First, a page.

On the 13th of April, a cloudy and wet day, we took a chance to visit Panguna mine.
Before we left Arawa we thought that it will be sun shine in Panguna but unfortunately it was not. When we reached Panguna we couldn’t see anything, it was all cloudy, so we drove to the top of the hill on the west side and stopped at a house at the mine site.
Out came the person who owns the place and lives there since the mine stopped. As I wasn’t able to go out and take footage I asked him if he could talk on the camera about the issue of re-opening Panguna mine.
Max is one of the landowners who makes a living carrying people on his truck to Arawa and back. The first question I asked was: “You have build this house in a mine site and BCL is planning to come back. If all the negotiations go well with the pro-mining landowners will you move from here?” He says “I will not move, this is my land and I have no place to go.”
He pointed to the gardens on the hills behind us and stated, “That is all the land left for us to make our gardens, the rest is being dug up and left with gravel, you can’t plant food here now. Those who are talking about re-opening the mine live on money not on the land, they are like the old people who sold our land for axes and tobacco. If we let BCL come back again where will we go? we don’t have land anywhere else on Mekmaui.”
While talking with him a mother and her son age about 6 or 7 came covering themselves from the rain with a banana leave and an umbrella. They came to one of the houses near Max’s and were putting down taro when I walked over to them and asked the woman if I could take their photo, she agreed and I filmed them. Later I asked her if she mind if I asked her a question, she nodded her head in agreement. I asked her the same question about re-opening the mine. She looked very sad and said, she doesn’t like to see the minere-opened. If the mine re-opens, she told me, they will spoil the land which she uses to plant the taro. I asked her: “What if they offer you money?” she says, “I don’t want money I want my land preserved.”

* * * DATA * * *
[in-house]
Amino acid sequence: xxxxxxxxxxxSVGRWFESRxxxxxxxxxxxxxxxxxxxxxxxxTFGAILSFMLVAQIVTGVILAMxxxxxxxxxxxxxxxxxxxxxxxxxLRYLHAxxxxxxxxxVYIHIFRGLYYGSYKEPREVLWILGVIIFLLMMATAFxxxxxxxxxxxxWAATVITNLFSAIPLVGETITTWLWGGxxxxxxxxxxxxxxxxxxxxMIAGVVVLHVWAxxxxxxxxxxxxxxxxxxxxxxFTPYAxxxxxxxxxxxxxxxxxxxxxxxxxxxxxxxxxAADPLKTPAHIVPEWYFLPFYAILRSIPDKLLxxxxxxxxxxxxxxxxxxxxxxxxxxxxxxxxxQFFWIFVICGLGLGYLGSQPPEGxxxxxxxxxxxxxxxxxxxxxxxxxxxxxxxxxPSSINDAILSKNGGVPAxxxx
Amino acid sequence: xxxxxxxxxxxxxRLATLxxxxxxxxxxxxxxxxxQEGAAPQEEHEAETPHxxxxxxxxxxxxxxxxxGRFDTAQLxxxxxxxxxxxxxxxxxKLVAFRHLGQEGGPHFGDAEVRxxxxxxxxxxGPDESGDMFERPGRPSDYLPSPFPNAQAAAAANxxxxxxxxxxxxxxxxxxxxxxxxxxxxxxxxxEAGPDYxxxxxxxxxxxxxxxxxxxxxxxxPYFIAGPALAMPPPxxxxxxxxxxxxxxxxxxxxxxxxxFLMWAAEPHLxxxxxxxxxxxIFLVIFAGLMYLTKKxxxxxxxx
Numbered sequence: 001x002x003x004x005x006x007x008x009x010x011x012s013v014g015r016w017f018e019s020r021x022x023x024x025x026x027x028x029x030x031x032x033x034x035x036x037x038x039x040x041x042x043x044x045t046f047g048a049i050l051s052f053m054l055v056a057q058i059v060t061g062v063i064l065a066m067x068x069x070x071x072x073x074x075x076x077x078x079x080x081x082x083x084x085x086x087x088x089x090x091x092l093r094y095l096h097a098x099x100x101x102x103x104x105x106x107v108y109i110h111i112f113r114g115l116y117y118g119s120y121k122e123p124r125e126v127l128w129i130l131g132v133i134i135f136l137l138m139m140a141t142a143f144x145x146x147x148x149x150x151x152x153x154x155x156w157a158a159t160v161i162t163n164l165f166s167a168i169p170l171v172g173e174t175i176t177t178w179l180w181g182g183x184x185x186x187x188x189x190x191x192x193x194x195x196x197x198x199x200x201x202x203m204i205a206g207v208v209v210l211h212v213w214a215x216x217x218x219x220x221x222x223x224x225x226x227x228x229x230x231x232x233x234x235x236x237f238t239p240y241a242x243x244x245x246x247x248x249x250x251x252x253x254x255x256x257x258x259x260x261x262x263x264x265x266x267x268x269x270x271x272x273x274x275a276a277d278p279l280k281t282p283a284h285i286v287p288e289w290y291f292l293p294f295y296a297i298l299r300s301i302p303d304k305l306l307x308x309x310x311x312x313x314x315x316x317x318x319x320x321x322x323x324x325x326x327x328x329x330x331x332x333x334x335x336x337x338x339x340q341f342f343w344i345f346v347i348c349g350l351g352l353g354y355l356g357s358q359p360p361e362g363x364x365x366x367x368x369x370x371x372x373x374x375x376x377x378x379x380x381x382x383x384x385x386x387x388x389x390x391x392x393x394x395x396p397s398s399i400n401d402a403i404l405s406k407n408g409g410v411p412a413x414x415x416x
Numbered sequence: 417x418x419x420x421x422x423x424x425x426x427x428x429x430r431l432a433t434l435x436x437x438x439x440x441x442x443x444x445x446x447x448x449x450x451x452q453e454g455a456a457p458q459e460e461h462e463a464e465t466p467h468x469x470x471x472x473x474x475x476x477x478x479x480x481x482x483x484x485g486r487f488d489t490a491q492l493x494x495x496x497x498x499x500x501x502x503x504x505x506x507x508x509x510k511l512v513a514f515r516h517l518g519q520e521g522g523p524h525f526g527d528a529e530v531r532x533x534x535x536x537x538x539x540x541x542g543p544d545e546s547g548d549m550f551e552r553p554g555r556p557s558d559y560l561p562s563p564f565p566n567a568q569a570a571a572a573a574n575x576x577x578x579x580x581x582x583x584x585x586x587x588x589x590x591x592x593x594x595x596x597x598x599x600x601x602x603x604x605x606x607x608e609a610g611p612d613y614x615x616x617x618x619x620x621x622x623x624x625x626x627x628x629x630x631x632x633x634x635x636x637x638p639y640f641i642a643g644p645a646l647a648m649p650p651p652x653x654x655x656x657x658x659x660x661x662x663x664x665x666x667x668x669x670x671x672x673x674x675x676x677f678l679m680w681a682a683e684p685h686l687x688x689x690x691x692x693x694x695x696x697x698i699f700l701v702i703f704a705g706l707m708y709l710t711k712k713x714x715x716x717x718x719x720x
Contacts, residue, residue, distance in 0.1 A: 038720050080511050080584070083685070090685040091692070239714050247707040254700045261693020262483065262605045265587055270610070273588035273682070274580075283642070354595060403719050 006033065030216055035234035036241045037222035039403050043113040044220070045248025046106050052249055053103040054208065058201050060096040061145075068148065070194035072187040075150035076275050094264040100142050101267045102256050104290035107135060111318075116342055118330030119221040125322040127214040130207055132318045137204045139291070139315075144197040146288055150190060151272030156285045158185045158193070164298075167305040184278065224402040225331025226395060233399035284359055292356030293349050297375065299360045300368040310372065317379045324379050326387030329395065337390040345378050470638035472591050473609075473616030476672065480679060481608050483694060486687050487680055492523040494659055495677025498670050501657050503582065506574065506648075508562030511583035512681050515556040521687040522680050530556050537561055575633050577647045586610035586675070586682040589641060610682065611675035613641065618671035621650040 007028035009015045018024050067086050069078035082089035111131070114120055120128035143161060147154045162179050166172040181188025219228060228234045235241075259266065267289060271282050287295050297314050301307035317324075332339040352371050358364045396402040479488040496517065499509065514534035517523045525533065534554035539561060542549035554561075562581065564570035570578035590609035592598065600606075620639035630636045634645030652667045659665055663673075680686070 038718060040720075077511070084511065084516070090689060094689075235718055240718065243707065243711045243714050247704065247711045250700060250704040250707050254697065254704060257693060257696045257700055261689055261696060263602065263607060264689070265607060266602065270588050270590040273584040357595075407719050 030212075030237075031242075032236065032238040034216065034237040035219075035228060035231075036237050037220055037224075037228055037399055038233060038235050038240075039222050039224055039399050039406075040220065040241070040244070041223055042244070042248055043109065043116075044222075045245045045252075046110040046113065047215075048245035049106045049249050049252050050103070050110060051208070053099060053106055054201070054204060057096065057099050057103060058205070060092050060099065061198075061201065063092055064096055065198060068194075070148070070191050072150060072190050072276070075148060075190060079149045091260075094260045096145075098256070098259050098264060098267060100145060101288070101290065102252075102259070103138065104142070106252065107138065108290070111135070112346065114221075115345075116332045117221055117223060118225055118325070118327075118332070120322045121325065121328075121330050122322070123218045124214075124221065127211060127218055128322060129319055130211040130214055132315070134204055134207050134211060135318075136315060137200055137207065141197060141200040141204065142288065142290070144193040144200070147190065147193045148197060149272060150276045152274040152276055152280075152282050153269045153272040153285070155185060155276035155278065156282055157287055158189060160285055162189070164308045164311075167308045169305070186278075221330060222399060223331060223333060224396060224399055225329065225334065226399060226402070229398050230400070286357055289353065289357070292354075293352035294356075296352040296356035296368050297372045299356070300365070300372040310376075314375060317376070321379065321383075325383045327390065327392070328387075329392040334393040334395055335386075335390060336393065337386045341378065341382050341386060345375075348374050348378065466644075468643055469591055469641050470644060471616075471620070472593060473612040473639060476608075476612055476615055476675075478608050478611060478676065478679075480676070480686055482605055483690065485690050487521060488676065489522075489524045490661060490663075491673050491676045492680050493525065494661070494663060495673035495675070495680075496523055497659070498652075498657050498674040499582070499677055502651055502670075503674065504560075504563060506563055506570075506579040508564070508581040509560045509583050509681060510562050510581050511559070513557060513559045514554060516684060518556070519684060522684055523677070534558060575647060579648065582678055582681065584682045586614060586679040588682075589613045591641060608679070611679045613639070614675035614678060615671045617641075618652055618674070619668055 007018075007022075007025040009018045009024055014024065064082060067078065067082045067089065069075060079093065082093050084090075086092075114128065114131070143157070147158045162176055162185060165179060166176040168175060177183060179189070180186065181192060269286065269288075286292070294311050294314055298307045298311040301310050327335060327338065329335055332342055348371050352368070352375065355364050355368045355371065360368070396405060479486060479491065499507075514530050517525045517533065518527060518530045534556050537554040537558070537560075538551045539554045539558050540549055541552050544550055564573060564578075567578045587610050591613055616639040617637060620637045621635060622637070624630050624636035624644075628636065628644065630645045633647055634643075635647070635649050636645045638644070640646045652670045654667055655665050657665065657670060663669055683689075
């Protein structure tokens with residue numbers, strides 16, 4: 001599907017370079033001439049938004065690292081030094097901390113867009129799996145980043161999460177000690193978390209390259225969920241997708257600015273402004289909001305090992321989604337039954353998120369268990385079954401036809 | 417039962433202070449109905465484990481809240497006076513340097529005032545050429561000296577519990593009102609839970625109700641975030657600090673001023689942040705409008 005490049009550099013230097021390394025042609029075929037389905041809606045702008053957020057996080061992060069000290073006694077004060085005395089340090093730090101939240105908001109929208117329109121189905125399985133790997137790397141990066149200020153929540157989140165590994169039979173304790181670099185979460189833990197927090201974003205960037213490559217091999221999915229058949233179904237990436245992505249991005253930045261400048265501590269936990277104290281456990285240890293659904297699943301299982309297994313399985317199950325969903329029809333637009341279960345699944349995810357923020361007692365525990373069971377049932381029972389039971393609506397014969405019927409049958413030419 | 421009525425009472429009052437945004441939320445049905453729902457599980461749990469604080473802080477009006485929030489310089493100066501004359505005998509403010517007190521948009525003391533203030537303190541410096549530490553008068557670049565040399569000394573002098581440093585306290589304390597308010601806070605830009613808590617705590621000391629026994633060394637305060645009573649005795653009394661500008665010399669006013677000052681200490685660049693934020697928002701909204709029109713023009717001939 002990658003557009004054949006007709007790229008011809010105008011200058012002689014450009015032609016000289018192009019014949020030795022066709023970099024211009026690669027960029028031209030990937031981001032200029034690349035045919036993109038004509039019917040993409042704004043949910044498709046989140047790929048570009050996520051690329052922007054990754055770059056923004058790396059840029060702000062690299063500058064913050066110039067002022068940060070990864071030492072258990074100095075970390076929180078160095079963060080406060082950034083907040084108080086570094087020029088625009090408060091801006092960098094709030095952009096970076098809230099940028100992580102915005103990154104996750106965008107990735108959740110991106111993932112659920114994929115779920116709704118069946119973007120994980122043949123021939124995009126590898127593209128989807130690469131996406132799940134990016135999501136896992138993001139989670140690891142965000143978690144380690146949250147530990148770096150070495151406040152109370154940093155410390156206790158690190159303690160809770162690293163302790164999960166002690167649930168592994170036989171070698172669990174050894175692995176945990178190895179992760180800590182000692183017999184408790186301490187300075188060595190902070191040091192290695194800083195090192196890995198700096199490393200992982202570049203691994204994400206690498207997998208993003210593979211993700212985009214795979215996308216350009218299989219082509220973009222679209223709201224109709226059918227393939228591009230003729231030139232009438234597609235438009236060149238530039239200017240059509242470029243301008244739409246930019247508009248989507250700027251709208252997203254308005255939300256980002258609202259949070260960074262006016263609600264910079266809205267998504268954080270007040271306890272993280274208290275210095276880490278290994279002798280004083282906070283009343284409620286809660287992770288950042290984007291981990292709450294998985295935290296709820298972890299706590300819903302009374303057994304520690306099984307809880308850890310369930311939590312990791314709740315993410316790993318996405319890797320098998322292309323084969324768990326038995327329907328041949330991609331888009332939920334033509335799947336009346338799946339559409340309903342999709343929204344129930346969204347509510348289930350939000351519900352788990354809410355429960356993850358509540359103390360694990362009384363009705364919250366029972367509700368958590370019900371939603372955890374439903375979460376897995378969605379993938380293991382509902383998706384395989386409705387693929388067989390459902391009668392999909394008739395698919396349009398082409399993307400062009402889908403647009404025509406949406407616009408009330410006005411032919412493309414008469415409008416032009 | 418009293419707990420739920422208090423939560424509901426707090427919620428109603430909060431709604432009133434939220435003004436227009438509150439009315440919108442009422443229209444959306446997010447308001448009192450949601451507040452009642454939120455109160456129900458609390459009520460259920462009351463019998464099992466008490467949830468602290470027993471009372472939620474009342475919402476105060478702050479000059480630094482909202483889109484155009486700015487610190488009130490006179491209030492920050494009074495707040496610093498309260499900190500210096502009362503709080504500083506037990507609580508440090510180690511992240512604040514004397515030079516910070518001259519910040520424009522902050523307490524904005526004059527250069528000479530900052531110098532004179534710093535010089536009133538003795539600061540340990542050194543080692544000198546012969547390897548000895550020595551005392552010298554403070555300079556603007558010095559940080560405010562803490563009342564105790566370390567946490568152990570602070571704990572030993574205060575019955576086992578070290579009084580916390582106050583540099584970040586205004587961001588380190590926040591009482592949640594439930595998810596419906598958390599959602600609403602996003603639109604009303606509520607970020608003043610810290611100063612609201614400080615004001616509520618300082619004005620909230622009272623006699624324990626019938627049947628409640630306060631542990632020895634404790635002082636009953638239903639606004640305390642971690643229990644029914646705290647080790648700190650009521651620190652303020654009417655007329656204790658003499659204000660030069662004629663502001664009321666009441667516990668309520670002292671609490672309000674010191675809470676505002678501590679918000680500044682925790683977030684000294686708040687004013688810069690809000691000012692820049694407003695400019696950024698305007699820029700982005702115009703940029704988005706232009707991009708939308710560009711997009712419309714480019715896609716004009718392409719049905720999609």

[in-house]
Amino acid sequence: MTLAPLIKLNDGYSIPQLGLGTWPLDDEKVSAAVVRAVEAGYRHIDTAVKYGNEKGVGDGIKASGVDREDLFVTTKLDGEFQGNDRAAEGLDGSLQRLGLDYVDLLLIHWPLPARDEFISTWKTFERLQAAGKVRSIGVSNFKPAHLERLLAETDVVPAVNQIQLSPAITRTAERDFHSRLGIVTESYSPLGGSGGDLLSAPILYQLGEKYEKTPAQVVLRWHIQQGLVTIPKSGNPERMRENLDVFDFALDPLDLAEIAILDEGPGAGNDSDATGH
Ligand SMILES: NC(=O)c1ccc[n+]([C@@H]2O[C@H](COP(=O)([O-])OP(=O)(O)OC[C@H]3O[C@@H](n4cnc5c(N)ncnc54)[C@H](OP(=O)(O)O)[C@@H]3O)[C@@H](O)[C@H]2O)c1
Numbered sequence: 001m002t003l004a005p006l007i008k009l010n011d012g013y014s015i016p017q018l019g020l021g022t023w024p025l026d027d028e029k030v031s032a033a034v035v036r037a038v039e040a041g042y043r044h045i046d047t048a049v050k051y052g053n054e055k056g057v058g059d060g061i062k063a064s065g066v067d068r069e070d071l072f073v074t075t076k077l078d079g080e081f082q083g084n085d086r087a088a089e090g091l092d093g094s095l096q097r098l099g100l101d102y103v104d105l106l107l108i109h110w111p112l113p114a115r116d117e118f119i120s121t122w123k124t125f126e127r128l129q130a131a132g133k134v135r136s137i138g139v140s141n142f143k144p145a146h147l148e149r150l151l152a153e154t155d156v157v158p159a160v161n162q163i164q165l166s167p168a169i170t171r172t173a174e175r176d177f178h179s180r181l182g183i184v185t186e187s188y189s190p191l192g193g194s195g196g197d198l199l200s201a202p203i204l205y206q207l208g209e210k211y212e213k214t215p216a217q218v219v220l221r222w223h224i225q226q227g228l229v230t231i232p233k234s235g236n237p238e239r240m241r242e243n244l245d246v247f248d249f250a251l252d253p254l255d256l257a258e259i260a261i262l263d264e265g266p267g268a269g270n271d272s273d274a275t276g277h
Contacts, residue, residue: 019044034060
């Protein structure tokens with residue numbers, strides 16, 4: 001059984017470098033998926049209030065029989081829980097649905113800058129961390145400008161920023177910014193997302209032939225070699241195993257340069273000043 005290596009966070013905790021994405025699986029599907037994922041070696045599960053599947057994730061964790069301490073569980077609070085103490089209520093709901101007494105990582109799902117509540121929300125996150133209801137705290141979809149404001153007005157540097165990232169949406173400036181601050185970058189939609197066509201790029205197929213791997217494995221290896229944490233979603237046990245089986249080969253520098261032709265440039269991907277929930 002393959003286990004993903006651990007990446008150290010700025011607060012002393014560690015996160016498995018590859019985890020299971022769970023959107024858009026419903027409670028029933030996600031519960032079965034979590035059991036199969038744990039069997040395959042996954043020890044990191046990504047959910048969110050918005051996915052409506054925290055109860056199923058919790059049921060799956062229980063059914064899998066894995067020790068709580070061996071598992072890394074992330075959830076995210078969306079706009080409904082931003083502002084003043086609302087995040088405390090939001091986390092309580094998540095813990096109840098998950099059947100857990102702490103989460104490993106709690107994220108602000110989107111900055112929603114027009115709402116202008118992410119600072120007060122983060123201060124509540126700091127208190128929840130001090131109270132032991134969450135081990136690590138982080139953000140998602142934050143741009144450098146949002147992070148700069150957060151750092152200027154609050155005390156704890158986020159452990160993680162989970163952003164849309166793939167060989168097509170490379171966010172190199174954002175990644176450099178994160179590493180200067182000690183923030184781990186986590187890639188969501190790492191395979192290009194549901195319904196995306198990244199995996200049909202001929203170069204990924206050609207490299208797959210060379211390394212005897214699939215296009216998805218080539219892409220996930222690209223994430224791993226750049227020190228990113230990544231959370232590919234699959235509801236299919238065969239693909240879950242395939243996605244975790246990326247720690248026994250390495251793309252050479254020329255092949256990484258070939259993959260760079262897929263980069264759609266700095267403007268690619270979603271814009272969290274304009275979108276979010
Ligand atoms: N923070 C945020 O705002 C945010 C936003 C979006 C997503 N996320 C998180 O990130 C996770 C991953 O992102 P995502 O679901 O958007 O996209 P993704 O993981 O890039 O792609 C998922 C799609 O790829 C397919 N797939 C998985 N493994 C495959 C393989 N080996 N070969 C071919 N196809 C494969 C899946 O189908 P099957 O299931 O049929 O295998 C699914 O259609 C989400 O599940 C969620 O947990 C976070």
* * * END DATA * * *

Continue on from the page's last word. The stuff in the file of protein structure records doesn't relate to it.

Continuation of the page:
As the rain still continues and it makes it hard for me to take pictures of the mine pit after almost one year and 3 months since my last visit, my comrade the driver JM says we will go to the district office at Kavarong and interview the Meekamui hardliner Moses Pipiro. So we jumped into the truck and drove over.
We asked John Duni, one of the founders, and he told us that Mr Pipiro must be in his base or went to pan for gold up the river. We didn’t make any arrangement to see him so when we stopped near his base and I opened the door I saw a young girl looking down at us. I know that if we asked calling him Moses they would not tell us where he is, even though he is home. They will think that we are strangers, so I used the name he is called back home, when I asked the girl for him. She quickly says I will go and call him.
In few minutes he appeared and came to us and when he saw me he was full of smiles and put his hand out to shake mine. We told him why we are there and we drove to the other side of the buildings where on the ground women were selling ramputan or local lollies [fruits] and frying doughnuts. His secretary met us there and took us up to the second floor of the burned down 3 story building. To waste no time I turned on the camera and asked him about the issue of Panguna mine.
He told me that Panguna mine had been closed and will remain closed till Mekamui/Bougainville becomes an Independent Island Nation. He further stated: “When the leaders from Bougainville and PNG came to talk to me they returned and they spread their propaganda saying that I gave green light for the re-opening of the mine.” He says even though the landowners talk about it or if there is a referendum about the issue carried out from South to North and the majority says yes, it will remain closed, mining is not the issue, the issue now is Independence for our island. We fought for 1. To preserve our culture
2. To preserve our land
3. And for the betterment of our future generation.
The original demand still stands: that is PNG 10 billion Kina.
He told me that the landowners have no right to talk about the re-opening of the mine and those who talk about it live in Arawa and elsewhere. This bloody mine causes bloodshed to the people of this Island and it’s not a small issue.
Later after the interview I went downstairs and took some footage of the women and asked them the same question. All they say is no to mining, enough is enough, the land is for gardening not for mining.